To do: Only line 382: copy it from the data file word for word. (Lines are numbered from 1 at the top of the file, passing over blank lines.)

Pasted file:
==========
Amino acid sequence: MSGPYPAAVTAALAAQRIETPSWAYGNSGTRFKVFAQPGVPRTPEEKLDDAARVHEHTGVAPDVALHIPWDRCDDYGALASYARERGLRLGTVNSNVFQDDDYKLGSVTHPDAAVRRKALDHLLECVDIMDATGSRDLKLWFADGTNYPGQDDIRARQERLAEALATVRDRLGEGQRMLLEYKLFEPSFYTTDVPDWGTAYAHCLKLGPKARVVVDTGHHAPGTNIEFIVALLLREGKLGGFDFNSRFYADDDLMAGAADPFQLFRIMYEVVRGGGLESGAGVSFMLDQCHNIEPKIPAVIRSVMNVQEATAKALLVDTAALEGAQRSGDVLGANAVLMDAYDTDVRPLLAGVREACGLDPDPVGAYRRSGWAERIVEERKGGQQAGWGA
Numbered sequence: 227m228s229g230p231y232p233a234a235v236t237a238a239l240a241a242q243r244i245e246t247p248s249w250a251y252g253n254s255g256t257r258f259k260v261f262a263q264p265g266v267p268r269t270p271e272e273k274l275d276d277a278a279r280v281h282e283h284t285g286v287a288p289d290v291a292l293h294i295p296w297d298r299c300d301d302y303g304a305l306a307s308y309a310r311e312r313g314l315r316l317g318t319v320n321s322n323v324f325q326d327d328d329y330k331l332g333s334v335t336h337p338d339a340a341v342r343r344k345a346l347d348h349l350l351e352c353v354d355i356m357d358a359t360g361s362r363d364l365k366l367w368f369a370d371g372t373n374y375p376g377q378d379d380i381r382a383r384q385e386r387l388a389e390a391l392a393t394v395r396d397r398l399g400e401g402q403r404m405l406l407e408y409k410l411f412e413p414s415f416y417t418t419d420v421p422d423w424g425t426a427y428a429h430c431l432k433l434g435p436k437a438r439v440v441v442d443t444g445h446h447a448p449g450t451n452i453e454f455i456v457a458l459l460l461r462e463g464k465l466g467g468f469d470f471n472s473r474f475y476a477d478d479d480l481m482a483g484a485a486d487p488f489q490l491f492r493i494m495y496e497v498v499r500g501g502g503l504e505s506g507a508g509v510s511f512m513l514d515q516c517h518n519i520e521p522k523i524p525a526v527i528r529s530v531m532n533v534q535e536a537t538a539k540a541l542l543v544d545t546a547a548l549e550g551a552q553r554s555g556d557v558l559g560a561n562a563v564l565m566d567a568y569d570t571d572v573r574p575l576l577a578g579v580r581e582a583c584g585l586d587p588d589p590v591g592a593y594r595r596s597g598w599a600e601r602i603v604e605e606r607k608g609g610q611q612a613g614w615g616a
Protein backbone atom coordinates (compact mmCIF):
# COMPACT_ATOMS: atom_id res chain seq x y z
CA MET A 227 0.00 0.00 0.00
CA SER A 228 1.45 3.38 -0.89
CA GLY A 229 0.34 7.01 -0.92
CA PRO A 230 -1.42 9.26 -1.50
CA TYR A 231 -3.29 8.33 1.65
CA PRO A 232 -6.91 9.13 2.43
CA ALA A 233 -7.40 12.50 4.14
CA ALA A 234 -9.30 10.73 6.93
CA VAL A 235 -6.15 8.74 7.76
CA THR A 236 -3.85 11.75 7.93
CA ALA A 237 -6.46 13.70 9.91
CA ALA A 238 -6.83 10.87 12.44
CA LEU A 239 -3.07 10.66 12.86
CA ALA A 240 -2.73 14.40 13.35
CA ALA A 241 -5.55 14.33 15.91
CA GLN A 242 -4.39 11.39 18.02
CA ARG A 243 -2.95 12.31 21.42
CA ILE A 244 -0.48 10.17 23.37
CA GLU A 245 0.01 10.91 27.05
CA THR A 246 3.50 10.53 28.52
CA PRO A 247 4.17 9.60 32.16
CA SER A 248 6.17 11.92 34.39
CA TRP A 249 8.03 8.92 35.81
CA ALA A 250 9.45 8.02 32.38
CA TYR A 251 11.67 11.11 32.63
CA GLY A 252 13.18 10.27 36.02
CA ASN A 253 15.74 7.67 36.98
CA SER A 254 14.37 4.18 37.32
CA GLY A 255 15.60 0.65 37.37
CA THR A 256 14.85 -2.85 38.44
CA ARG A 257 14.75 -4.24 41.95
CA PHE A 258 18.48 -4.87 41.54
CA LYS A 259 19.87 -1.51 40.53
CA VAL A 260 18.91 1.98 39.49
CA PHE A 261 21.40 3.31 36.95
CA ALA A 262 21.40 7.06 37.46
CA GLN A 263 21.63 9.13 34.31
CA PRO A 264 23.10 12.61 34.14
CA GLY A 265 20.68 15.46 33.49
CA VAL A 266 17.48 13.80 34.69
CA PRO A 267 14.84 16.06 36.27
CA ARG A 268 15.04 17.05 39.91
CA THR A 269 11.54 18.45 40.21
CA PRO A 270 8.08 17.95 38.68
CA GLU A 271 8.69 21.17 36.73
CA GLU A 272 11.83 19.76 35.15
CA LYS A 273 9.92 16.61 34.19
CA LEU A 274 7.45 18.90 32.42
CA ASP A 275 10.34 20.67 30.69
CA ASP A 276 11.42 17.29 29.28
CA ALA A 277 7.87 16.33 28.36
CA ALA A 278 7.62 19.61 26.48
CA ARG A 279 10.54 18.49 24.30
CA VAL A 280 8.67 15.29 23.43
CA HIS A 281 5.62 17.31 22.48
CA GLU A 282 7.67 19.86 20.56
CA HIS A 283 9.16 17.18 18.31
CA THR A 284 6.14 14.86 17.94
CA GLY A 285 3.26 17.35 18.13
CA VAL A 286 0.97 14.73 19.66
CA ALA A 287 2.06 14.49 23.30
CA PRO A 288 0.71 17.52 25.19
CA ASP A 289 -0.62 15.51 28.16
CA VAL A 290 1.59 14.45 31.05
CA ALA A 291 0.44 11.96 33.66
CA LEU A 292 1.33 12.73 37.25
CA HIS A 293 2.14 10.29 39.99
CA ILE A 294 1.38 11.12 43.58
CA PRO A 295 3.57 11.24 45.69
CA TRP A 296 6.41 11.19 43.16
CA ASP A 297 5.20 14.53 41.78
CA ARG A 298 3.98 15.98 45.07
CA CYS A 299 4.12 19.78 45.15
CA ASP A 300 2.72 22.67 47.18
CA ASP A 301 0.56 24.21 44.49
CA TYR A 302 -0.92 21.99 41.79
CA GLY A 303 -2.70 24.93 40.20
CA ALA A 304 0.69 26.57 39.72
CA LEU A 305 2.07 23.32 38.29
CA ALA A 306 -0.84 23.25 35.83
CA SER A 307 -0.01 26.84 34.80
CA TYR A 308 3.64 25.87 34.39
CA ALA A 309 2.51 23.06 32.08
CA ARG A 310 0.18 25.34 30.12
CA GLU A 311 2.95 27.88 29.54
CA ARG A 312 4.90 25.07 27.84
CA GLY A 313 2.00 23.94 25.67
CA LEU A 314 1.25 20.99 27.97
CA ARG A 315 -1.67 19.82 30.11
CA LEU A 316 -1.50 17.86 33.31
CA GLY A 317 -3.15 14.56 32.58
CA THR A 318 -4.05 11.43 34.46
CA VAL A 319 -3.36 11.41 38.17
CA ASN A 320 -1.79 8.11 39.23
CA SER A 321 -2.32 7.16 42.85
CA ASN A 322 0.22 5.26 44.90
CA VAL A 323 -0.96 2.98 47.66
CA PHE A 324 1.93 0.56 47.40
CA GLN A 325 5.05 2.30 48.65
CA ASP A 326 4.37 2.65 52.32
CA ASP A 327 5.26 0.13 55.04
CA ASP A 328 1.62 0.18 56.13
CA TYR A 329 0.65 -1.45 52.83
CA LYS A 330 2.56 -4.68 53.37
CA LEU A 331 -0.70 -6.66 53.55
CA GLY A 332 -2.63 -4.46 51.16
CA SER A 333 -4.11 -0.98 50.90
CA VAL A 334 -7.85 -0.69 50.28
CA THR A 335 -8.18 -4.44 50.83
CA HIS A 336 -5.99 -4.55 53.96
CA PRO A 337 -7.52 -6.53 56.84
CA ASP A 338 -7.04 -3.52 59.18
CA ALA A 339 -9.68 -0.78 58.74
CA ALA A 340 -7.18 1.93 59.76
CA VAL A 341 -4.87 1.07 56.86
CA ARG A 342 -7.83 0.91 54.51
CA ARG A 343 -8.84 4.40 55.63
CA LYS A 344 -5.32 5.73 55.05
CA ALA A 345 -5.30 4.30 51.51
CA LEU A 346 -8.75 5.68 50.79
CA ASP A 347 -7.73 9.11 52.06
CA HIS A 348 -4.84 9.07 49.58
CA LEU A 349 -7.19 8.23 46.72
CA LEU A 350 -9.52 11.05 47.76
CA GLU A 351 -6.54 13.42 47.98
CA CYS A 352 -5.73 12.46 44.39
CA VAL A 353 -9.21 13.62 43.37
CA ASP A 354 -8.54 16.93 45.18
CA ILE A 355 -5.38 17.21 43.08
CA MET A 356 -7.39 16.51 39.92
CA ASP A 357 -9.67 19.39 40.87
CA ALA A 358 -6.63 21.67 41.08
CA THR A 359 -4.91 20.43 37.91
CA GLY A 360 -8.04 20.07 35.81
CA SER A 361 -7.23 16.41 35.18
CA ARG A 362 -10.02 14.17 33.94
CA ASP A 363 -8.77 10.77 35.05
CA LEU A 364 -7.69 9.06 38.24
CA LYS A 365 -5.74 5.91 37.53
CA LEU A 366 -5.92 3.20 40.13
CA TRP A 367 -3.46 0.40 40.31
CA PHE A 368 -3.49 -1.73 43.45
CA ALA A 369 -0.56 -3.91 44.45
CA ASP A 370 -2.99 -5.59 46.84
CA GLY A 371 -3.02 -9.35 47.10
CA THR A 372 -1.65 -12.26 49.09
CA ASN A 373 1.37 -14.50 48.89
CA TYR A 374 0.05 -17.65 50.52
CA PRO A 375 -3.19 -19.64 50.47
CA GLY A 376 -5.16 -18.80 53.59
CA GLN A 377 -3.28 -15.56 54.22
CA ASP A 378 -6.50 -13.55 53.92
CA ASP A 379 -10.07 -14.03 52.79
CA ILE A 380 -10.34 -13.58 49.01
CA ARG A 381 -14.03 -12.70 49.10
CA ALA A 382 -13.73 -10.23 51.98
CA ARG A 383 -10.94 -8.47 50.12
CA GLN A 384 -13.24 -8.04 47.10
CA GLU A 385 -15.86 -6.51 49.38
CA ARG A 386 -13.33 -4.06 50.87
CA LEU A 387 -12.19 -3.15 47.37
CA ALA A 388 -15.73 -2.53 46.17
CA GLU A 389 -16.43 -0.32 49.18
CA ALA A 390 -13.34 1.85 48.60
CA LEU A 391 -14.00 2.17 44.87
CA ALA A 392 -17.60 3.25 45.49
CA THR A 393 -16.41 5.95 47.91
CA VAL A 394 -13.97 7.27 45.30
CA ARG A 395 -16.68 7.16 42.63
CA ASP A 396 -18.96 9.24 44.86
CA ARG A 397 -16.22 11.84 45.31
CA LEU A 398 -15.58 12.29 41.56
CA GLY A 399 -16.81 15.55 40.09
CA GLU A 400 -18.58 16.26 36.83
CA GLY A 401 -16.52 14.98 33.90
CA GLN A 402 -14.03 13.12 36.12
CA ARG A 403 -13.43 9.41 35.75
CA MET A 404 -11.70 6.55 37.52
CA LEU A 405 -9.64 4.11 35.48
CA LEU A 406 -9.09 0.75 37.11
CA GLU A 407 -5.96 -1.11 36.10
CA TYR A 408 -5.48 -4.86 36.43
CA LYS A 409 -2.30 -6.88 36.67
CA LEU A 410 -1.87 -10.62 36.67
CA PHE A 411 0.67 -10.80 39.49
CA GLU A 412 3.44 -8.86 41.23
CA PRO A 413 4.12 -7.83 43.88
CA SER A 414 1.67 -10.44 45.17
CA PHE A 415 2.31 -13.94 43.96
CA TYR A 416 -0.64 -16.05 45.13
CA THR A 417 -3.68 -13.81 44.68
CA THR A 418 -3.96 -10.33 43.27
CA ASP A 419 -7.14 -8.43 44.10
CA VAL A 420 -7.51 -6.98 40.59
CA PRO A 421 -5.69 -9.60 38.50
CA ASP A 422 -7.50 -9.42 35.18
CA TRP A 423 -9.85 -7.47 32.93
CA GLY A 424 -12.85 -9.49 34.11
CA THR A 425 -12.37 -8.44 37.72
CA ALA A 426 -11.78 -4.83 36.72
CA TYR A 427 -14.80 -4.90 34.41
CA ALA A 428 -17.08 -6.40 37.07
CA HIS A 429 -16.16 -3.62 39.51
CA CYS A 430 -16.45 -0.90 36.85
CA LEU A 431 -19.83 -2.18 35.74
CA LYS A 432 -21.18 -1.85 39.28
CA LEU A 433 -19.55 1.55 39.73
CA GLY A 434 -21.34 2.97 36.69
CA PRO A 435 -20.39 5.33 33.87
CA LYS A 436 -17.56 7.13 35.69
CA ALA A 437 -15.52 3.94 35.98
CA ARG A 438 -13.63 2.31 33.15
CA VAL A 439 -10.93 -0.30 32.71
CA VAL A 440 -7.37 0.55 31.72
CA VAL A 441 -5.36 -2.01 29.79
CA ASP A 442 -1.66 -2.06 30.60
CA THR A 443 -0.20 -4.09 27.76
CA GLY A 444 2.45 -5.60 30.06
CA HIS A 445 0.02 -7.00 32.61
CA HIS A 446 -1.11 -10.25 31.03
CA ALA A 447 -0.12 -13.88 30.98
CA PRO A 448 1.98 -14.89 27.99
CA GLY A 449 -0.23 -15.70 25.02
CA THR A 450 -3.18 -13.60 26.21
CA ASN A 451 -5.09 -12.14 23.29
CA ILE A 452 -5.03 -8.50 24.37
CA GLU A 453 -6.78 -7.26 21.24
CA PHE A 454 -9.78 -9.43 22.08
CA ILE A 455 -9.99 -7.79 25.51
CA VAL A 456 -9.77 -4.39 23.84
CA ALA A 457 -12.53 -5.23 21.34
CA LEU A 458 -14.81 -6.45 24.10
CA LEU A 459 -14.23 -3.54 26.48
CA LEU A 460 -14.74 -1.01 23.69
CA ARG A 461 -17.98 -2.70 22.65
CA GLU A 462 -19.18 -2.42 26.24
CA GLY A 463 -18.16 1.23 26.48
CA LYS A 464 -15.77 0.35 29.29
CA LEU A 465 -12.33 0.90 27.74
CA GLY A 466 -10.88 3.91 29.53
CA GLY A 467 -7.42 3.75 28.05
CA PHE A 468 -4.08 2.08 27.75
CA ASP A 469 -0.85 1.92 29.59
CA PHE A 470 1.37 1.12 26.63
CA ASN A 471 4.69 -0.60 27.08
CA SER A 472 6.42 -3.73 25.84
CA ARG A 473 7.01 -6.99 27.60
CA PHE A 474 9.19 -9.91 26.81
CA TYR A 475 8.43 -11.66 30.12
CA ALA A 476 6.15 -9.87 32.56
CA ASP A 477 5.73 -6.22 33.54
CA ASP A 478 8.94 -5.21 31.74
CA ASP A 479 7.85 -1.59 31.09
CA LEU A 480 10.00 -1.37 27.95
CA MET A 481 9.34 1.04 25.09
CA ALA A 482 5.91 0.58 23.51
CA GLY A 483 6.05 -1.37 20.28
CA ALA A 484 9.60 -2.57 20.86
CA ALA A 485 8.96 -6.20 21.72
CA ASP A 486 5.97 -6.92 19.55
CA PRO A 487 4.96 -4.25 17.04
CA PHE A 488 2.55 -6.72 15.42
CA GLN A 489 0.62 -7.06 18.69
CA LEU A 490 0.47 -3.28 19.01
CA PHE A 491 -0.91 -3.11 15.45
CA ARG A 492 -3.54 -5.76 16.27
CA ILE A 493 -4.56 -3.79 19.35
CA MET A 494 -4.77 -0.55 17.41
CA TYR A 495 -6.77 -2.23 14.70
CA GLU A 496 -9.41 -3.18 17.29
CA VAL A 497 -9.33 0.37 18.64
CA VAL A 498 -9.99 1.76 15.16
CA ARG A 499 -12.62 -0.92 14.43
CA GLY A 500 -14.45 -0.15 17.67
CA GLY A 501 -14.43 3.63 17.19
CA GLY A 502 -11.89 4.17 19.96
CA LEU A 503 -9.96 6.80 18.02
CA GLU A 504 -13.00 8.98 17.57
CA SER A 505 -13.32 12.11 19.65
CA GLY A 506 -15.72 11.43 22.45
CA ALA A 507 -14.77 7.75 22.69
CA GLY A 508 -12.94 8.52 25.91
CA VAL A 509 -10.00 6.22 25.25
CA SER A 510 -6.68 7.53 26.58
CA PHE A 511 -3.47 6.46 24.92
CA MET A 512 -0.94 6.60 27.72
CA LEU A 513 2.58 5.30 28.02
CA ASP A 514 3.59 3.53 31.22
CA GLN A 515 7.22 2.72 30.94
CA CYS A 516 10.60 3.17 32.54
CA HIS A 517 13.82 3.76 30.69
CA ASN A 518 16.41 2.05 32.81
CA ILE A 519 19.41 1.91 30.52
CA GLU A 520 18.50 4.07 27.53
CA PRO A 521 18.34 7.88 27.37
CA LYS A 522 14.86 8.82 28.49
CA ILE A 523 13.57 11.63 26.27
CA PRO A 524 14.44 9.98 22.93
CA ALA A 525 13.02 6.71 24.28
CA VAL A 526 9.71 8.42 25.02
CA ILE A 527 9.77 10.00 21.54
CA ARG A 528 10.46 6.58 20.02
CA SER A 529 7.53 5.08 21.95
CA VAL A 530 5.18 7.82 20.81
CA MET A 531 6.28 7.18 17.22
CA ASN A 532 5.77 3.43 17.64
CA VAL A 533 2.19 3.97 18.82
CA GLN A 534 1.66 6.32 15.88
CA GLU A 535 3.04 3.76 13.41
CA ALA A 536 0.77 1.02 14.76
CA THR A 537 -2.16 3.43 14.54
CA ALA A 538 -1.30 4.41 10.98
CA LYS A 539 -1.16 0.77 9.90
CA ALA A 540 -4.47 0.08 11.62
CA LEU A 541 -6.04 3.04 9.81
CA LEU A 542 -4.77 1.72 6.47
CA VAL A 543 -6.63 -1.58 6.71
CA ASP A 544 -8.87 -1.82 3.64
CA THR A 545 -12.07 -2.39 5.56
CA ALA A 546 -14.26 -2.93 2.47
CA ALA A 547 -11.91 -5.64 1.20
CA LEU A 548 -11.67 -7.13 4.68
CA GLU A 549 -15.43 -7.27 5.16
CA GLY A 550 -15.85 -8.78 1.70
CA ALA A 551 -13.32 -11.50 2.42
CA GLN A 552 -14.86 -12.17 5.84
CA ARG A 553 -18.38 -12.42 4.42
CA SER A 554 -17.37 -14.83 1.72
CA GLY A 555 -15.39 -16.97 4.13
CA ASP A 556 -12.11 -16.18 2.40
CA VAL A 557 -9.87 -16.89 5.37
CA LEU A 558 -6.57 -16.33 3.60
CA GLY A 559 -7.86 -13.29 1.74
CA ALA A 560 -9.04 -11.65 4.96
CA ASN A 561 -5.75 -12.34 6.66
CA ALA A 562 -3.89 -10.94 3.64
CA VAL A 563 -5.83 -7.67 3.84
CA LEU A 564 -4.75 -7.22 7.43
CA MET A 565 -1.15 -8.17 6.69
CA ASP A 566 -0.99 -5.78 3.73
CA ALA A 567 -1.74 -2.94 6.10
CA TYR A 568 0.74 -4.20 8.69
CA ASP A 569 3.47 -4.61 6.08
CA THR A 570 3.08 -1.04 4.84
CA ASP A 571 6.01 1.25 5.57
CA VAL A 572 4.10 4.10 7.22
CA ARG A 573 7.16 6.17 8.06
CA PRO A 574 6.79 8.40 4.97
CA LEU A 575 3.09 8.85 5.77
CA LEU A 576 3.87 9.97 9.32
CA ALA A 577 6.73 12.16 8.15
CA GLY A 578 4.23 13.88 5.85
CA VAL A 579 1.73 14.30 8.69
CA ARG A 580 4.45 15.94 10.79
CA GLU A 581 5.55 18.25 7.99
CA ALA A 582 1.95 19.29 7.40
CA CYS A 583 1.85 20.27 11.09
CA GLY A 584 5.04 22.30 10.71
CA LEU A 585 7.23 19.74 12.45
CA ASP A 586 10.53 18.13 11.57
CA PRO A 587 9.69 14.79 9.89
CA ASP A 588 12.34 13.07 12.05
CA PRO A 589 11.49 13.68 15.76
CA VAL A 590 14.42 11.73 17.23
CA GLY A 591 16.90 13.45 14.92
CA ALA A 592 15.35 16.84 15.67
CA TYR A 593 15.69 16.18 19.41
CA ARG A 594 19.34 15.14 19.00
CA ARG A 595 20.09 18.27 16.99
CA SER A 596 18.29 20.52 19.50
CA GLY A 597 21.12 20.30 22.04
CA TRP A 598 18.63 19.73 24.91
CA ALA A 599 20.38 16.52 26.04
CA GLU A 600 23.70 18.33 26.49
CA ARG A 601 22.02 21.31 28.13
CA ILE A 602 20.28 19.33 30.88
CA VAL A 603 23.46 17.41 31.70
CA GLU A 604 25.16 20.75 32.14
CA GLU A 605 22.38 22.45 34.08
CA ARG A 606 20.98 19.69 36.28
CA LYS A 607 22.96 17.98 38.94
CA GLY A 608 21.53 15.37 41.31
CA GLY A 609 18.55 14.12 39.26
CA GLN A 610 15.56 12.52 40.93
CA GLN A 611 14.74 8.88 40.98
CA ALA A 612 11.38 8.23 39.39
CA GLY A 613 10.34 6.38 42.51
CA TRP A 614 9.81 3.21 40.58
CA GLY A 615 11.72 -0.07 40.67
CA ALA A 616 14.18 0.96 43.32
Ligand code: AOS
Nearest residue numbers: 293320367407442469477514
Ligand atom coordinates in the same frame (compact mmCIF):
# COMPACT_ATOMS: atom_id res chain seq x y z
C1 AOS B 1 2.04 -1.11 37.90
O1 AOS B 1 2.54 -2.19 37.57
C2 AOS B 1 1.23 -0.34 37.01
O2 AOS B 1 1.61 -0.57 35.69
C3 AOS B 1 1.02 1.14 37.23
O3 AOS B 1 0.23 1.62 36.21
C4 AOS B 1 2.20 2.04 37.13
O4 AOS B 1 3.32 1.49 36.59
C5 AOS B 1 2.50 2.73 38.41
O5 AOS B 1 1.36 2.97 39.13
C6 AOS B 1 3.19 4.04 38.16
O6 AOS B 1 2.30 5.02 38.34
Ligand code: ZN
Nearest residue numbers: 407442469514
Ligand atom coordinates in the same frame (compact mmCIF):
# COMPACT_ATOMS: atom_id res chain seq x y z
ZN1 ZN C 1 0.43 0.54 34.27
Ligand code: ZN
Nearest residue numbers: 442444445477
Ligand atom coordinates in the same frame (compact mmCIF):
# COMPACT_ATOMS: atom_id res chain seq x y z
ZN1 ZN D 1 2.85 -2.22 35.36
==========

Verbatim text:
CA GLU A 604 25.16 20.75 32.14